Now a striking silvery shimmer, our oceans host a remarkable phase in the salmon’s existence as they become not a freshwater but saltwater species, often venturing long distances to rich and productive feeding grounds where bite-size prey no longer cut it in favour of krill, sand eels and herring.
Whether at sea for just a year before their return (grilse) or so-called multi-sea salmon that may have been globe-trotting for much longer, the urge to return to the place of their birth finds salmon once again heading back into our rivers in early autumn – this time against an unforgiving downstream flow.
Somewhat astonishingly, this battle against the odds is undertaken on what may end up being an empty stomach; in that the salmon do not feed again once they re-enter our river systems.
So begins weeks of trials that may include the relatively calm waters of our estuaries, but soon becomes a tougher challenge of our lowland rivers – under the watchful eye of herons, otters or perhaps even an unseasonal osprey.
If the sets of whiskered jaws, sharp beaks or a too-good-to-resist flies have been successfully dodged, then white water remains the final hurdle to overcome.
Probably capable of leaping three or four times their own length, positioning and timing is key for each attempt at these walls of water, with fish often seen gathering in the calmer pools below, like athletes warming up for the task ahead.
For those that successfully navigate this gauntlet of Mother Nature’s doing, the final act of spawning will likely take place with what little energy remains. It’s perhaps little wonder then that scientists estimate that fewer than one in 20 returning salmon will make it back to the Atlantic and repeat the story again the following season.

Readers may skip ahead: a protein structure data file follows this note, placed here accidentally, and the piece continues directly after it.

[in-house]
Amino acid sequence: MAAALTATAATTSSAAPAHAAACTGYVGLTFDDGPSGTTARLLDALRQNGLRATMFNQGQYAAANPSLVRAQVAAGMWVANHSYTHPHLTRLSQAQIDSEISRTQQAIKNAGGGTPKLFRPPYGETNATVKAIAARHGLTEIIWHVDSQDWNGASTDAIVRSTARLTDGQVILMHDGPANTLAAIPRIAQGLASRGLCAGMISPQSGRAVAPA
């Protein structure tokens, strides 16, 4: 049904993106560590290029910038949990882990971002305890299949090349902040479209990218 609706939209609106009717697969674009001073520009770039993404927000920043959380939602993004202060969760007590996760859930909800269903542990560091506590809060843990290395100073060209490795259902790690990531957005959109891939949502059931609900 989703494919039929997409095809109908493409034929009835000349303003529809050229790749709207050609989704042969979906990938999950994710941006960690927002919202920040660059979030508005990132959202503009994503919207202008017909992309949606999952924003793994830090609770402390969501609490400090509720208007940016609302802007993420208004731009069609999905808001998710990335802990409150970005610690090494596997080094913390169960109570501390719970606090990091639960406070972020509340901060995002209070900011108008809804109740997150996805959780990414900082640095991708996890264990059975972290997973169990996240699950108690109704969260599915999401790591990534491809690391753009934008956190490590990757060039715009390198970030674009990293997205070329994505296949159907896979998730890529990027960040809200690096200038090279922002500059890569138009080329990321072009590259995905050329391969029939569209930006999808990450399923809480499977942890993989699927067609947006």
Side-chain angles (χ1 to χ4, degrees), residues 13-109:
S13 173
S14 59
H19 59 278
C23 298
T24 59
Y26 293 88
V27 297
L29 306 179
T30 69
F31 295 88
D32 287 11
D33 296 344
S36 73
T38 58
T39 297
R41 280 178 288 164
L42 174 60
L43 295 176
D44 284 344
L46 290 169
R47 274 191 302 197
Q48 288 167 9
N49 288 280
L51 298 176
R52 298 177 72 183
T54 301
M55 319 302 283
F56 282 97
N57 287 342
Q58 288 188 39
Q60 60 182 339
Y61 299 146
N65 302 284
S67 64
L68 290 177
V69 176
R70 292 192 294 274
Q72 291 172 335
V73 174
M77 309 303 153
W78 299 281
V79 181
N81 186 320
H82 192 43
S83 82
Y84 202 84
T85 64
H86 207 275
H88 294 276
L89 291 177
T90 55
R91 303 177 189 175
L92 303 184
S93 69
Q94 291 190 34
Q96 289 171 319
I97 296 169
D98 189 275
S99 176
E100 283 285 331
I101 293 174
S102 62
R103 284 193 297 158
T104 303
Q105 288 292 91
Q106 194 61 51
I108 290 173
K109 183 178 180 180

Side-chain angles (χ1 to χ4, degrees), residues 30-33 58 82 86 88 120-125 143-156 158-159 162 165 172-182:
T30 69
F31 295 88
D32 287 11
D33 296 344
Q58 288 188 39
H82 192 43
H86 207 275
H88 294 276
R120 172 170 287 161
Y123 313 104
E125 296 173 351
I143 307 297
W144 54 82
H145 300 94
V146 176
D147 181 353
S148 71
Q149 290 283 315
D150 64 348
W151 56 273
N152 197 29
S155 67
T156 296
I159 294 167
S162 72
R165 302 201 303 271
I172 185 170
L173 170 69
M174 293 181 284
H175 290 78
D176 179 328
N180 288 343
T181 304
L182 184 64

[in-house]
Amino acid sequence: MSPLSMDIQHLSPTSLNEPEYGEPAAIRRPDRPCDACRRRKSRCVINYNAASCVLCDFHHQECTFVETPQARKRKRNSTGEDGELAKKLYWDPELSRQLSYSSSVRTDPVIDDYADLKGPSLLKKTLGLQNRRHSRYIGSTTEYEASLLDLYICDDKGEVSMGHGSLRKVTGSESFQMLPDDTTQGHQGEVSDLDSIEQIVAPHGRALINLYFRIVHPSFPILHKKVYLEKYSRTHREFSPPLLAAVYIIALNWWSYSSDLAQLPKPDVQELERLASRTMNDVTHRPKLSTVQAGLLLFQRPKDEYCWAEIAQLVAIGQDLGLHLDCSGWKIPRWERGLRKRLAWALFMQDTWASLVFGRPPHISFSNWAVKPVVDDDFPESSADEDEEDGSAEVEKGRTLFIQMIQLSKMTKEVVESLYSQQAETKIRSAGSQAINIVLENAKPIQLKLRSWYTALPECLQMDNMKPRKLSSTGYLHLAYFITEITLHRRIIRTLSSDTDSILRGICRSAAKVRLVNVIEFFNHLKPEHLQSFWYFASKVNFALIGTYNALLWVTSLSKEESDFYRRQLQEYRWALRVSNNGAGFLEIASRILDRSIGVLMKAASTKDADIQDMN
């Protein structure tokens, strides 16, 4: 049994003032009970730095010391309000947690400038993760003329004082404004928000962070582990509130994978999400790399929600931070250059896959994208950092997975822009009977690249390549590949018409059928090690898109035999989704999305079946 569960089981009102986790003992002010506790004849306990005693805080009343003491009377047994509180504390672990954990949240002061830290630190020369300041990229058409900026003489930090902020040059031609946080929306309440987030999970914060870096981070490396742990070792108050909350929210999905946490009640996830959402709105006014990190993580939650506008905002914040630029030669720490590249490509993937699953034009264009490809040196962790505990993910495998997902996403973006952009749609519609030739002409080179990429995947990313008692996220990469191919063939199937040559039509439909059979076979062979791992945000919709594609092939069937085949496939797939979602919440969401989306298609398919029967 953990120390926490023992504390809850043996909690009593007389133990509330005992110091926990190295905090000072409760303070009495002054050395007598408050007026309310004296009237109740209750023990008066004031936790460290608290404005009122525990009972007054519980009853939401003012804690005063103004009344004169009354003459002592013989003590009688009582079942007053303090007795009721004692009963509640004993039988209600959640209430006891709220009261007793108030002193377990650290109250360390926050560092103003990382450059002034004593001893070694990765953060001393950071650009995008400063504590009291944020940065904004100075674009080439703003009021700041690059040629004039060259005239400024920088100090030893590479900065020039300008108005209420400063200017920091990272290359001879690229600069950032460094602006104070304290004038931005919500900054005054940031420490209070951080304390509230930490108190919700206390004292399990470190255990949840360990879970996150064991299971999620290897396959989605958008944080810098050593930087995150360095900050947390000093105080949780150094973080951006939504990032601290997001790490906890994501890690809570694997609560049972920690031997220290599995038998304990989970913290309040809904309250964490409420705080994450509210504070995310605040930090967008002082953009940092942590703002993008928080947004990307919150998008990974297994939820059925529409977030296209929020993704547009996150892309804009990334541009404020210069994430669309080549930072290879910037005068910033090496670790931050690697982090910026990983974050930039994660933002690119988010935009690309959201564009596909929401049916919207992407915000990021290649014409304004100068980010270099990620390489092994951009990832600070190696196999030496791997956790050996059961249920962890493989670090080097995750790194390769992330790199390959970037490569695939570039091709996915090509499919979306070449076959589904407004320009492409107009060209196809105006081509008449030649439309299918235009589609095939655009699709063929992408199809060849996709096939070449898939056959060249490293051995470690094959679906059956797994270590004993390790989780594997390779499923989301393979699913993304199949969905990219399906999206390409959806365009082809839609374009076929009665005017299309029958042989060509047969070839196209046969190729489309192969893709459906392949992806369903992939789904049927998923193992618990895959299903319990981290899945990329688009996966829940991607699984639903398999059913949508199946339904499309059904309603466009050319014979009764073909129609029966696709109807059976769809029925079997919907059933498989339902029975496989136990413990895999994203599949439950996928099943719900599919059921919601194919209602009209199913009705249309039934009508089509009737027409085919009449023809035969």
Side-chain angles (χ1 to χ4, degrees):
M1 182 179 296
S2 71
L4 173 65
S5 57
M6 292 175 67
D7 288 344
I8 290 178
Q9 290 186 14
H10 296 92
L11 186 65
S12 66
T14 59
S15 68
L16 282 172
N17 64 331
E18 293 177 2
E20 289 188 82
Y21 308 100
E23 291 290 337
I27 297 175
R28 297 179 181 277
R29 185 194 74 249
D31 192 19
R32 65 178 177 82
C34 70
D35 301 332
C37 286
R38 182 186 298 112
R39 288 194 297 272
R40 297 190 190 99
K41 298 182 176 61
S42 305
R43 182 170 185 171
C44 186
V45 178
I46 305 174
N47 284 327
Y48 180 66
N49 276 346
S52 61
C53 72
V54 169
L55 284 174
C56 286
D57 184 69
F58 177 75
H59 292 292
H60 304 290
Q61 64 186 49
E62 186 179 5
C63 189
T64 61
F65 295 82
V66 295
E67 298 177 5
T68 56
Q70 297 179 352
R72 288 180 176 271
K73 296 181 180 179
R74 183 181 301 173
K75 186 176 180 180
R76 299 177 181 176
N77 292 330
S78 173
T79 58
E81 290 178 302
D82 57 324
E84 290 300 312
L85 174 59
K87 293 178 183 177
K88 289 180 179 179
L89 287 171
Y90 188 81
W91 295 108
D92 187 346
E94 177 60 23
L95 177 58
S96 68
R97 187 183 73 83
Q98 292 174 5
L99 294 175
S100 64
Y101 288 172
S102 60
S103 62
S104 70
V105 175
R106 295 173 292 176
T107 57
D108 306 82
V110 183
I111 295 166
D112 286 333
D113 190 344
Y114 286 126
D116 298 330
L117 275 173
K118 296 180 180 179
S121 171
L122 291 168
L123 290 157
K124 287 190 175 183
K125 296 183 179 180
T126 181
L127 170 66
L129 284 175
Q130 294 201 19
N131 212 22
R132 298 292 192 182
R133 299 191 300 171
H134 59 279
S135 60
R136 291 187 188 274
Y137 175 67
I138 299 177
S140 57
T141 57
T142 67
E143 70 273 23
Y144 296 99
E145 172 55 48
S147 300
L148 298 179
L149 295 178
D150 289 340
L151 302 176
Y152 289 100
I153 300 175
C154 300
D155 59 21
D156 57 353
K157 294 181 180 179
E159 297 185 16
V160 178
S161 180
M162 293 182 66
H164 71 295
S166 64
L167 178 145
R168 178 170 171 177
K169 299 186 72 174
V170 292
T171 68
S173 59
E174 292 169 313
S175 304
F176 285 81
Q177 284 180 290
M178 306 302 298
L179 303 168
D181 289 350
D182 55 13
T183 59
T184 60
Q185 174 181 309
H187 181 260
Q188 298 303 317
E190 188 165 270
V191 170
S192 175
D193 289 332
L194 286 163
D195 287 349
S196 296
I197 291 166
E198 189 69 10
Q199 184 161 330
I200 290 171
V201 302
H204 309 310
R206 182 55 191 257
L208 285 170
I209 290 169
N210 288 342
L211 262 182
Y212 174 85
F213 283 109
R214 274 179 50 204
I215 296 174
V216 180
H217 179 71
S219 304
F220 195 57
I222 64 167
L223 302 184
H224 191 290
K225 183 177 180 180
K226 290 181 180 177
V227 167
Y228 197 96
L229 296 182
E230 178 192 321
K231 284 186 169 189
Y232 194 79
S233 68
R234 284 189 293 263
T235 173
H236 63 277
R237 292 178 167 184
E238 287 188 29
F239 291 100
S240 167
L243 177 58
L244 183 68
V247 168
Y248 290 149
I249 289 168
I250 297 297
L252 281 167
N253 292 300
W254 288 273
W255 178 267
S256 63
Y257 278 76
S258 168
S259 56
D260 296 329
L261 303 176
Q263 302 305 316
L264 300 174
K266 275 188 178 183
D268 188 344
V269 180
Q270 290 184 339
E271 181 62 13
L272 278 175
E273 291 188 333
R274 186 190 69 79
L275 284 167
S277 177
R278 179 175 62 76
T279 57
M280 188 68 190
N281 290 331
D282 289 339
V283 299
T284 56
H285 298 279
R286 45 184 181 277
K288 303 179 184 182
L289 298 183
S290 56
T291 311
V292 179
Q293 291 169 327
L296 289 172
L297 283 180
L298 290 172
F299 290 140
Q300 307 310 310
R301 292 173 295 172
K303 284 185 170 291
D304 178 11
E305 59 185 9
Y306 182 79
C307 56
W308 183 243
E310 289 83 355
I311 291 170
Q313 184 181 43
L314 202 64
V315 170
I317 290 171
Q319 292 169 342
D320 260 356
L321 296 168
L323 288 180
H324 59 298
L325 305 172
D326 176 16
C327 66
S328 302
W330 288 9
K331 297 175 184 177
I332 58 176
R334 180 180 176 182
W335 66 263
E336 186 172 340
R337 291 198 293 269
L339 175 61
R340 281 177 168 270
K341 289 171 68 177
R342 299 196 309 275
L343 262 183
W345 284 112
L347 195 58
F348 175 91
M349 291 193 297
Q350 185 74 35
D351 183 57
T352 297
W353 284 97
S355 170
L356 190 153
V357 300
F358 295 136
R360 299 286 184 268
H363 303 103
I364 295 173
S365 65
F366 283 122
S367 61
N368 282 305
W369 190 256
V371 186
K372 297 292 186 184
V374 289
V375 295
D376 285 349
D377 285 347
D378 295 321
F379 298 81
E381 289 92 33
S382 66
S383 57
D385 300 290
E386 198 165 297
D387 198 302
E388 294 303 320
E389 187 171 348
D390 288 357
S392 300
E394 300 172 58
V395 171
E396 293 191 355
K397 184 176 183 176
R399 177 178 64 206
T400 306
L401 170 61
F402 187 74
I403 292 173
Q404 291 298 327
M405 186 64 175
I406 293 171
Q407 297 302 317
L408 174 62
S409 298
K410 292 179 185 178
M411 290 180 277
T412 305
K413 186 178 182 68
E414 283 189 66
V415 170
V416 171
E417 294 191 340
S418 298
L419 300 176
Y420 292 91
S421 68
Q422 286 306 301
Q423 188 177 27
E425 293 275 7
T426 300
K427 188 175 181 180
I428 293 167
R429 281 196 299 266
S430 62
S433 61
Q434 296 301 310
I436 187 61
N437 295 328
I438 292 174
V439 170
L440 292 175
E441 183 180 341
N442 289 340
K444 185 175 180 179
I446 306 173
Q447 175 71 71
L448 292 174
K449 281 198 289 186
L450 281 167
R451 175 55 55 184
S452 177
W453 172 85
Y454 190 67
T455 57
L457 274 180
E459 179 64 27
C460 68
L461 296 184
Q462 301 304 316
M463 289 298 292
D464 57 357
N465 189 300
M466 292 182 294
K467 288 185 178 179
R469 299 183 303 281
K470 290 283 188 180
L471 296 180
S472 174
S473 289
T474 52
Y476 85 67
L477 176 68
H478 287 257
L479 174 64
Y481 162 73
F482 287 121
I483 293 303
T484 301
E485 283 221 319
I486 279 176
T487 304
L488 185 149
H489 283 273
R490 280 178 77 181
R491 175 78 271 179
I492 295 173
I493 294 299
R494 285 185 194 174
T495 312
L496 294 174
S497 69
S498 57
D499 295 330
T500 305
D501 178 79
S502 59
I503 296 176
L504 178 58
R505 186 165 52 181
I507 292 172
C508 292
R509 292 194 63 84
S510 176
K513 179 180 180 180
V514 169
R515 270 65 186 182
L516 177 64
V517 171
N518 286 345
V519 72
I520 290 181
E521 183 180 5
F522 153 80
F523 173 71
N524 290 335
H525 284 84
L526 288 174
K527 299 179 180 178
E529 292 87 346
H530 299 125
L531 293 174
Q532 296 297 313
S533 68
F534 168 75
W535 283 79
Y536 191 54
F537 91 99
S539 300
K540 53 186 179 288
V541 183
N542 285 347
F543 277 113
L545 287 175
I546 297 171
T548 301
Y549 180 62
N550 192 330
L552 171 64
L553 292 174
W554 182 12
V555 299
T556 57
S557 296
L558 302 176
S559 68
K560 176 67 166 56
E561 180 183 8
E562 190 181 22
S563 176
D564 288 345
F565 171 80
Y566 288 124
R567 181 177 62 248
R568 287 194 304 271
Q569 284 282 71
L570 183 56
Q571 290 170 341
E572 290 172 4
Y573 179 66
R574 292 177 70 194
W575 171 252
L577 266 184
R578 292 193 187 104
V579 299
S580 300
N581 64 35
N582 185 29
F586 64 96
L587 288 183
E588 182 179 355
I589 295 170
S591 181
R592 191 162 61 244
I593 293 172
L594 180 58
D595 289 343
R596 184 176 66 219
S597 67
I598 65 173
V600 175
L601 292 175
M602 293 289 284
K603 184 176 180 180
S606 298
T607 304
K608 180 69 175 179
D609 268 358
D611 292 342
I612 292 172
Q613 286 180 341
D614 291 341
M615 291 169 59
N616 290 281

With such a dramatic life story, and one which we may only glimpse briefly for a few valuable but awe inspiring seconds, maybe we should all grab our hat and a riverside seat this month – and give them a round of applause.
Where and how to find leaping salmon
The salmon run typically starts in October and runs through November, with your best chance on an overcast day, ideally after recent heavy rains that put the river into a fast flow or ‘spate’. There’s some suggestion that later in the afternoon can be a good time too, however the run can take place at any time during the day.
Stainforth Force, River Ribble, Settle
Park in the village and see the signs for the best route to the river, with the primary viewing areas at Stainforth Force, just downstream of the bridge. Take care on the rocks when slippery. The weir further down the river may also offer a chance to see salmon, not least from the bridge, and the salmon ‘ladders’ installed at the edge to allow fish to make progress. Please note – there are no parking opportunities at the river itself.
River Wharfe, Otley Weir
Accessed through Wharfe Meadows Park, Otley, salmon may join the more familiar brown trout for the big jump on this gently sloping but fast-flowing weir.
Trout and about
A number of other Yorkshire rivers have also reported salmon leaps in recent years, such as the Don at Aldwarke in Rotherham, while trout are a more common feature in the county’s waterways, including on the Esk near Whitby. River managers including the Environment Agency are hoping to encourage the return of salmon by increasing the use of fish ‘passes’ or ladders, beneficial both to fish and other threatened species such as eels.